If you set lineups early in the week, you expose yourself to a number of cognitive biases, such as confirmation bias, and a related bias sometimes called anchoring or focalism. Briefly, confirmation bias is the tendency we all have to seek out and be more receptive to new information that agrees with something we already believe, especially if we believe it strongly. In terms of rationality, it’s sub-optimal, since it enables us to persist in false belief. Anchoring is the tendency to rely inordinately on the first piece of information we encounter. Anchoring and confirmation bias work together to make it much harder for us to revise our beliefs. In DFS, however, both these biases could help you.

If you get attached to the players you like early in the week, you are likely, whether you know it or not, to seek out information that justifies your decision to play them. You may or may not find it, but your lineup decisions will be less subject to the opinions of others. Furthermore, it will be harder for you to change your mind about those players, even when you are presented with information suggesting there may be better plays on the slate. In other words, you will be more likely to stick with your lineup decisions even if you encounter information that calls them into question.

These don’t sound like good things, but in fact both are beneficial because the best plays—the “optimal” plays that many others are touting—are going to be heavily owned. And despite heavy ownership, they are far from guaranteed to do well. So you probably don’t want them on your GPP lineups anyway.2 By sticking with your early-week picks, are you putting in optimal lineups? Probably not, but you are more likely to put in contrarian lineups that have about as good a chance of scoring big.3

Optimization and Satisfaction

It wasn’t on a RotoViz podcast, but I remember once hearing Al Zeidenfeld explain a simple way to construct GPP lineups: make a list of all your favorite plays at each position, and then cross the top two or three off the list. Those top two or three are probably everyone else’s favorite plays too and are going to be too chalky. The third or fourth best plays could easily outscore your favorite plays and are likely to come with much lower ownership. What’s interesting about Zeidenfeld’s advice is that it’s expressly not an optimal strategy. In fact it’s kind of a way to fade optimality.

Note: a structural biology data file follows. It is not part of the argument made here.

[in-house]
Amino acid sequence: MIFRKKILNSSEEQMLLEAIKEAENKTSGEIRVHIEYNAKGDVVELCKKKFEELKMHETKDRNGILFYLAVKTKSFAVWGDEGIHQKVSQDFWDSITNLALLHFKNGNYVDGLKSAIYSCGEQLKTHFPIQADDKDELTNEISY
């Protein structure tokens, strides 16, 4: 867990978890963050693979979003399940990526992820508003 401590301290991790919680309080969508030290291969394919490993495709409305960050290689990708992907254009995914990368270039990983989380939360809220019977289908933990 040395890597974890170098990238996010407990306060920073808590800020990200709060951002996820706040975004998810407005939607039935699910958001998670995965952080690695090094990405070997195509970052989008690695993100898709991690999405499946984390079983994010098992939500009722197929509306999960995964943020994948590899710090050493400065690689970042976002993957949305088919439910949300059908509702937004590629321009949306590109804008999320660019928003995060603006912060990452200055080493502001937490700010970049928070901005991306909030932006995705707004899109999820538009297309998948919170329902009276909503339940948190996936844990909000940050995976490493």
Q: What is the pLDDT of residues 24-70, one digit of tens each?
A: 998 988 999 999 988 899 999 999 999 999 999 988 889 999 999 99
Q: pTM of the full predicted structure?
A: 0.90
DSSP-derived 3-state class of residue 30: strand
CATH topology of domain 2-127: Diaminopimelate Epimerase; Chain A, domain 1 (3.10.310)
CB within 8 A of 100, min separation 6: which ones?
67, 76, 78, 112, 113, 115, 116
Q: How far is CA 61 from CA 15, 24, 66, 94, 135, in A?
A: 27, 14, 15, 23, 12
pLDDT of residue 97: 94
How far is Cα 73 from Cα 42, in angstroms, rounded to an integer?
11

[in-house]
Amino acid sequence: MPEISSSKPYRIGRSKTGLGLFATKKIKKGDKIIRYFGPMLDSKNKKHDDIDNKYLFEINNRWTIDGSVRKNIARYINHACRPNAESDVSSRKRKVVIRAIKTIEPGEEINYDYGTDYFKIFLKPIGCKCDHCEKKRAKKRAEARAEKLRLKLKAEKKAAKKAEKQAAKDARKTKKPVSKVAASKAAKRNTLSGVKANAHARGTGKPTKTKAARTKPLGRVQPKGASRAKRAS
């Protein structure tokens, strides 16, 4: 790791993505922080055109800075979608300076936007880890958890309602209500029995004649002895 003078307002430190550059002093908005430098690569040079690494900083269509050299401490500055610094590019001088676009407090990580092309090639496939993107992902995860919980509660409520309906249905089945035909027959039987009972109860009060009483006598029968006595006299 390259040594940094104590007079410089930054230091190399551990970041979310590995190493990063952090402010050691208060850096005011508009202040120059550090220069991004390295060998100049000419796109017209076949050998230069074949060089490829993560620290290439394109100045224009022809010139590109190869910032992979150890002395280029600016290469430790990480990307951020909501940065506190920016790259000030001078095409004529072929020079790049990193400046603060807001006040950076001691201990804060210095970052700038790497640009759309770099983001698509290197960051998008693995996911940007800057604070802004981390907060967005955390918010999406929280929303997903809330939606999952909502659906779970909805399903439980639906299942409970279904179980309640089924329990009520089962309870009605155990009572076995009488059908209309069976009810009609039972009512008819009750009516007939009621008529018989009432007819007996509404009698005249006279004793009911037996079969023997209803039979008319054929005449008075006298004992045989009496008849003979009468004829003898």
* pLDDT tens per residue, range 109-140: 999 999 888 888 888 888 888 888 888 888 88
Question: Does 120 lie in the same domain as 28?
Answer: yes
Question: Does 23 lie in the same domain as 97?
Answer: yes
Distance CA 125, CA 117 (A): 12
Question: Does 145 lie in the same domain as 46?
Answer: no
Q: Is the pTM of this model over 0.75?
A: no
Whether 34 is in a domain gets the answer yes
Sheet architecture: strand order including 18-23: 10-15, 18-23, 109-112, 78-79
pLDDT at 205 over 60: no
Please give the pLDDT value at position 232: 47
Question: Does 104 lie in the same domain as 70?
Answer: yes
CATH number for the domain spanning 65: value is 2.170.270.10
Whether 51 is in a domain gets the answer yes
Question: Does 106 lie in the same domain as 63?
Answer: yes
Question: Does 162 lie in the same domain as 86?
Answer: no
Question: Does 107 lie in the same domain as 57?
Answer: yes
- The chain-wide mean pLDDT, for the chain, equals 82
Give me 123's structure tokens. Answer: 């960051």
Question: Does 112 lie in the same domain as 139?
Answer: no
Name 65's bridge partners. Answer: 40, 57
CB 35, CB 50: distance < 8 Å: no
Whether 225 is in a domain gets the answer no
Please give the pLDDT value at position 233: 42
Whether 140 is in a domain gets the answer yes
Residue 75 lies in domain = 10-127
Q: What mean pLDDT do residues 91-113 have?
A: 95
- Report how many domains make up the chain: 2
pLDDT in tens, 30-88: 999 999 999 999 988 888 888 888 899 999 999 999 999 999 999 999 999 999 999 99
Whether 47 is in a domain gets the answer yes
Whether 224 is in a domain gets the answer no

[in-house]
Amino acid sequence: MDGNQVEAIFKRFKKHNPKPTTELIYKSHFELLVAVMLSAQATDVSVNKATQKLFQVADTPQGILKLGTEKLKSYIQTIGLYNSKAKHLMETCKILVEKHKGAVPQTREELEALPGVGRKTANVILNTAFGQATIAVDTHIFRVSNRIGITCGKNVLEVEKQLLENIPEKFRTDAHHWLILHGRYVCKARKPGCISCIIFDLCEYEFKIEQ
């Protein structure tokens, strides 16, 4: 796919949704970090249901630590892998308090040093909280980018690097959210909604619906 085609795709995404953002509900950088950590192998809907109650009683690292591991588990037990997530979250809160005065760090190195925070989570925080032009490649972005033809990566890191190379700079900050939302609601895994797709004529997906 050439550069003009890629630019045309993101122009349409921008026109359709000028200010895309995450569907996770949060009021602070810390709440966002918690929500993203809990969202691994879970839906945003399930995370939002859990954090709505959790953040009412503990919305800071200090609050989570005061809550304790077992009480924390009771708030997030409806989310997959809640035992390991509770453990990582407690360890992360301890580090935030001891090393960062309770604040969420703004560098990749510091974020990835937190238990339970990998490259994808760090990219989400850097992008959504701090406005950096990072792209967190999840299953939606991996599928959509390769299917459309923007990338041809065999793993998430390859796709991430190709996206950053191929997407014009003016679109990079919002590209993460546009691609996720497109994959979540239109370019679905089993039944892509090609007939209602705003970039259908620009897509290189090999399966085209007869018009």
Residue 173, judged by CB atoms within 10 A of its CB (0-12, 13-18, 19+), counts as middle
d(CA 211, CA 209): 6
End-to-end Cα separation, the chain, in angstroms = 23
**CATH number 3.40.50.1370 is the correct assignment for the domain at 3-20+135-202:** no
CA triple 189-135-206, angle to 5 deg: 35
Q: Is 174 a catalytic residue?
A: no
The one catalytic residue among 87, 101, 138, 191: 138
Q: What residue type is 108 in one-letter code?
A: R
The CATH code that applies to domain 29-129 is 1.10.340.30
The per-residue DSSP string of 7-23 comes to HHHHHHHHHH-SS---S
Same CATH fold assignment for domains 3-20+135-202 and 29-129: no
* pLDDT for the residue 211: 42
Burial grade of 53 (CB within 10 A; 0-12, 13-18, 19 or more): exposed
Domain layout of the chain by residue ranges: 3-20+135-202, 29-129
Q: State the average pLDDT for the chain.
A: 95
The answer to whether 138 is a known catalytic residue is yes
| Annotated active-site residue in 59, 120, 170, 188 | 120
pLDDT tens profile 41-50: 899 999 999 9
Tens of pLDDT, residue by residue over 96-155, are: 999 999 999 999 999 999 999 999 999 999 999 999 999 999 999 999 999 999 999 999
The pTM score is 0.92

The truth is, it’s a mistake to think we need an optimized solution to the lineup problem anyway. Rather, what we need is merely a satisfactory solution. Given our imperfect cognitive abilities and the unpredictability of the game of football, the only kind of lineup we have a real shot at making is one that satisfies certain criteria. To that end, I’ve come up with a new tool to help you set your lineups—an anti-optimizer of sorts. I call it the Lineup Satisficer. Pick your favorite plays early, and then use this alongside all the information you gather throughout the week.

Untitled Diagram

  1. That said, in the unlikely event that this first piece turns out to be really good, don’t get your hopes up for the rest of the series. Also don’t get your hopes up about future articles publishing so early in the week–they will normally run on Saturdays.  (back)
  2. I don’t actually think you always need to fade chalk in GPP lineups. But you definitely need some contrarian plays, so you must make sure to fade at least some of the chalkier plays.  (back)
  3. It’s important to be aware of these biases, though, because it turns out too much confirmation might not be a good thing. If you find a lot of people touting your plays, you might want to consider a switch to someone less chalky.  (back)